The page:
Structuring Your Documents to Maximize Reuse


June 2000

Structuring Your Documents to Maximize Reuse

CIDMIconNewsletter Janice (Ginny) Redish

Single Sourcing Requires Structured Documents

A major topic among information development managers these days is single sourcing-writing information once and using it many times. Structured documents are critical for single sourcing. So, let’s explore

  • what we mean by structuring documents
  • why structuring is useful
  • some of the concerns that writers have about structuring documents

Note: Even if you aren’t yet considering single sourcing, you’ll find that structuring documents is an extremely useful, time-saving technique. It works in traditional publishing and is useful for individual writers in any situation where they have to create the same type of document many times. It is essential for teams of writers who are contributing parts to a large document or to a set of documents.

What Do We Mean by Structuring Documents?

Structuring documents is a process that involves several steps:

  • listing all the different information elements that a particular type of document might have
  • naming the information elements
  • setting the guidelines for organizing documents-deciding which information elements may (or should) appear in a particular type of document and in what order
  • setting style standards for each information element
  • linking the named information elements to templates, specifying how a document will look on paper or on the screen

Listing the information elements
We all use a variety of information elements in our documents. A document might have a title; headings at various levels; different types of text, including introductory paragraphs, procedural steps in numbered lists, tips, hints, notes, and examples; different types of graphics, such as icons, screen shots, and technical illustrations; captions and callouts for those graphics; and so on.

Pick up any document that you work on and identify the different information elements that make up a typical page of that document.

Figure 1 shows an example of the information elements on a page of a print document.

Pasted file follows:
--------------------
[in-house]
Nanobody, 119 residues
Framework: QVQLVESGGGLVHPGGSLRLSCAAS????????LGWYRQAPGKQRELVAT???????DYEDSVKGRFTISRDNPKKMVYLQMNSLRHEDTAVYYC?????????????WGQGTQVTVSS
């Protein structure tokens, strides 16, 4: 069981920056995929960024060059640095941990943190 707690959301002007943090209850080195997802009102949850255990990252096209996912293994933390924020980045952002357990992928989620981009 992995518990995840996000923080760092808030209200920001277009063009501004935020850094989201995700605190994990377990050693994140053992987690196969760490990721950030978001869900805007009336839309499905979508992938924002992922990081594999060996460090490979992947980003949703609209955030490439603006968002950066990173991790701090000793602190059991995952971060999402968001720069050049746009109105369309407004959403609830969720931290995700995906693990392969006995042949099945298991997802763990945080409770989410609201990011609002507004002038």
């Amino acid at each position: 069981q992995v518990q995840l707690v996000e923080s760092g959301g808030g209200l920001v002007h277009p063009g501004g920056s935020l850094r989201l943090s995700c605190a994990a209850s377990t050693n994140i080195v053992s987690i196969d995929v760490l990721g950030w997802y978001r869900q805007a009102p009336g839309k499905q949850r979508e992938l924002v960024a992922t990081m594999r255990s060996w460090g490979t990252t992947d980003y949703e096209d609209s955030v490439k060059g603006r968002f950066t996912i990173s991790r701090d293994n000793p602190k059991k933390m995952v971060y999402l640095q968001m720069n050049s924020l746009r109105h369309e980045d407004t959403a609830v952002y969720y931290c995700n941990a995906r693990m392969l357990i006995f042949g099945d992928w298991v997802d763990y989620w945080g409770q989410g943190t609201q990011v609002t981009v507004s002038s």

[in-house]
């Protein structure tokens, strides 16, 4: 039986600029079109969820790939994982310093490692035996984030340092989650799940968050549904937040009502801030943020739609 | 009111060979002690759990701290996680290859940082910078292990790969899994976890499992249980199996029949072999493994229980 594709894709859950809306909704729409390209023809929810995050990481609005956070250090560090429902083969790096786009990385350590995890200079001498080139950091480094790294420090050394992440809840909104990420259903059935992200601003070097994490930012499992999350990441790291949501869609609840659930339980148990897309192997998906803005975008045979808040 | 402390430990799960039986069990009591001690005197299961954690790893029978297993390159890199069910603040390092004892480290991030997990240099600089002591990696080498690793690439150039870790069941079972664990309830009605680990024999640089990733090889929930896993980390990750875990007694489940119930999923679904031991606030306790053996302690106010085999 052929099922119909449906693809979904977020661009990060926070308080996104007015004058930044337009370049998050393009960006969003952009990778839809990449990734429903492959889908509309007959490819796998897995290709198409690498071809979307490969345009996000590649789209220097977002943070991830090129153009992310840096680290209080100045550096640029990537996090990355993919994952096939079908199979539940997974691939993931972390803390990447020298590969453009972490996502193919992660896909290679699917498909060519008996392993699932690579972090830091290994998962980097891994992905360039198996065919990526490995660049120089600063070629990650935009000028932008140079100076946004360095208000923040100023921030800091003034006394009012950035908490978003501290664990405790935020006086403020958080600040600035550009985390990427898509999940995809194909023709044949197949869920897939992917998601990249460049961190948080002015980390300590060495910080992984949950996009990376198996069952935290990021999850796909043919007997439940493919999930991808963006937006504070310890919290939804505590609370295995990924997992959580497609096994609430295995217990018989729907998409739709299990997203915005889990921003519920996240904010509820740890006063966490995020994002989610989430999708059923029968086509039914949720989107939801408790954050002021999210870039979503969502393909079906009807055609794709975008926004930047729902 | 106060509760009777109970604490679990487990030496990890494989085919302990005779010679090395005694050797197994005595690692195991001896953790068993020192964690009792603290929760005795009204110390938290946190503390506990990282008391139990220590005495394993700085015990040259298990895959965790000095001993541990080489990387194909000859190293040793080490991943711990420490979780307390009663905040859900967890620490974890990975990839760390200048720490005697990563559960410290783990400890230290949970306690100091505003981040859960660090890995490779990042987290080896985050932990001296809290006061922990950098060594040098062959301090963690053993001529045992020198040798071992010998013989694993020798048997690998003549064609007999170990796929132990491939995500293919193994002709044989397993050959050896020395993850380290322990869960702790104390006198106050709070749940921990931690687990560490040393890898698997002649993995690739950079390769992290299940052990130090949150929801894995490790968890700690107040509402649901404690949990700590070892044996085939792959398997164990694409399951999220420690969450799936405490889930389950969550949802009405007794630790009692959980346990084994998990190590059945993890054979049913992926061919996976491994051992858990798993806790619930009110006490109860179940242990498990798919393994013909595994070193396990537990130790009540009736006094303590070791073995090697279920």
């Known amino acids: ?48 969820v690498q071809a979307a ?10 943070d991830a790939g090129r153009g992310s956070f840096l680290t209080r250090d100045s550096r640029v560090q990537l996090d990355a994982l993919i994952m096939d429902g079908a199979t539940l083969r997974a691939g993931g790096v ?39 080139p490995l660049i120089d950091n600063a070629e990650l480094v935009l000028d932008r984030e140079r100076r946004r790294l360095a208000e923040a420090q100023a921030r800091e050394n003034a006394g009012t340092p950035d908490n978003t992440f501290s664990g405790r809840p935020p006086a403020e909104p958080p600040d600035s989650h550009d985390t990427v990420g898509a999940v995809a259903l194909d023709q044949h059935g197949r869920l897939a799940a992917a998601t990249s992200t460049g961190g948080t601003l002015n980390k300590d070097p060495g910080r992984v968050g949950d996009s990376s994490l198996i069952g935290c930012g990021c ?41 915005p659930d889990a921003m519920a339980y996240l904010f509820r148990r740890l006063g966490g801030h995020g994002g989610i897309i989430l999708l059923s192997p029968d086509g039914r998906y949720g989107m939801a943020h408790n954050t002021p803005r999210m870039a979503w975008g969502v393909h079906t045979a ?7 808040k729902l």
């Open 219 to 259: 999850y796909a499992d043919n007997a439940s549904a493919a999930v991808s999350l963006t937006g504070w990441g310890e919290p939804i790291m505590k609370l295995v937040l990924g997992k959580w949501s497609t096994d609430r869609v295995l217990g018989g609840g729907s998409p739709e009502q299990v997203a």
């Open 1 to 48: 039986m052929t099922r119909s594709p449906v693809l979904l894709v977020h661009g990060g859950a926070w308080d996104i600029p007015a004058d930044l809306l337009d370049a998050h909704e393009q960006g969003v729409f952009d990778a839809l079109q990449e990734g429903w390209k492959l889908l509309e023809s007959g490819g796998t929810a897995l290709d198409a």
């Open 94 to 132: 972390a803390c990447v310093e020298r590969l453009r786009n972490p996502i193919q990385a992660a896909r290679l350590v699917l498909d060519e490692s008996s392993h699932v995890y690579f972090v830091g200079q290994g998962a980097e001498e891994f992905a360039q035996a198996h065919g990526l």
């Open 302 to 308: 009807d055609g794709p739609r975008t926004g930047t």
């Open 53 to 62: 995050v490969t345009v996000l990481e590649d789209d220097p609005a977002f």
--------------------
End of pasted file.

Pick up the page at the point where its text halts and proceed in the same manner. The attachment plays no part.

Naming the information elements
To make structuring work, each information element must have its own name so that it is listed separately in templates and style sheets. An important issue to consider is the level of granularity that you need. Is a general name for a type of text sufficient? Or should you name the information elements by the specific content that they convey?

For example, for most of this article, I am working with typical style sheet elements like body text and bulleted list. Body text is any prose paragraph no matter what the content. Bulleted list is any list (other than one with numbers) no matter what the content. However, I decided that I wanted the names of the styles (that is, body text and bulleted list) to be set in a different font from typical body text paragraphs. So, now I have another information element, name of style. I keep it separate from body text as an element of my document so that I can set-and change-the formatting for it differently from other parts of the document.

In single sourcing, where you are developing a content-management system, you may want to separate and name elements by content, even if they have similar formatting in most documents. Information elements that you want as separate entities might be as small as a few words, such as the name of the company. The advantage is that if the name changes or the font in which the name must be used changes, you can change that in all your documents without disturbing any other part of the document.

Setting guidelines for organizing documents
One of the main advantages of structuring documents is that it promotes consistency in formatting-in the way the document looks on paper or screen. We’ll get to that advantage in a later section. Another advantage is that, through the process of structuring documents, you can also promote consistency in both organization and style.

As information development managers, you know that documents must be carefully planned. You expect writers to organize and outline their documents. When you work within the process of structuring documents, you add questions like these to the organization phase:

  • What information elements are relevant to this type of document?
  • What purpose does each information element serve in this type of document?
  • What arrangements (organizations, sequences) of information elements are best for users of this type of document?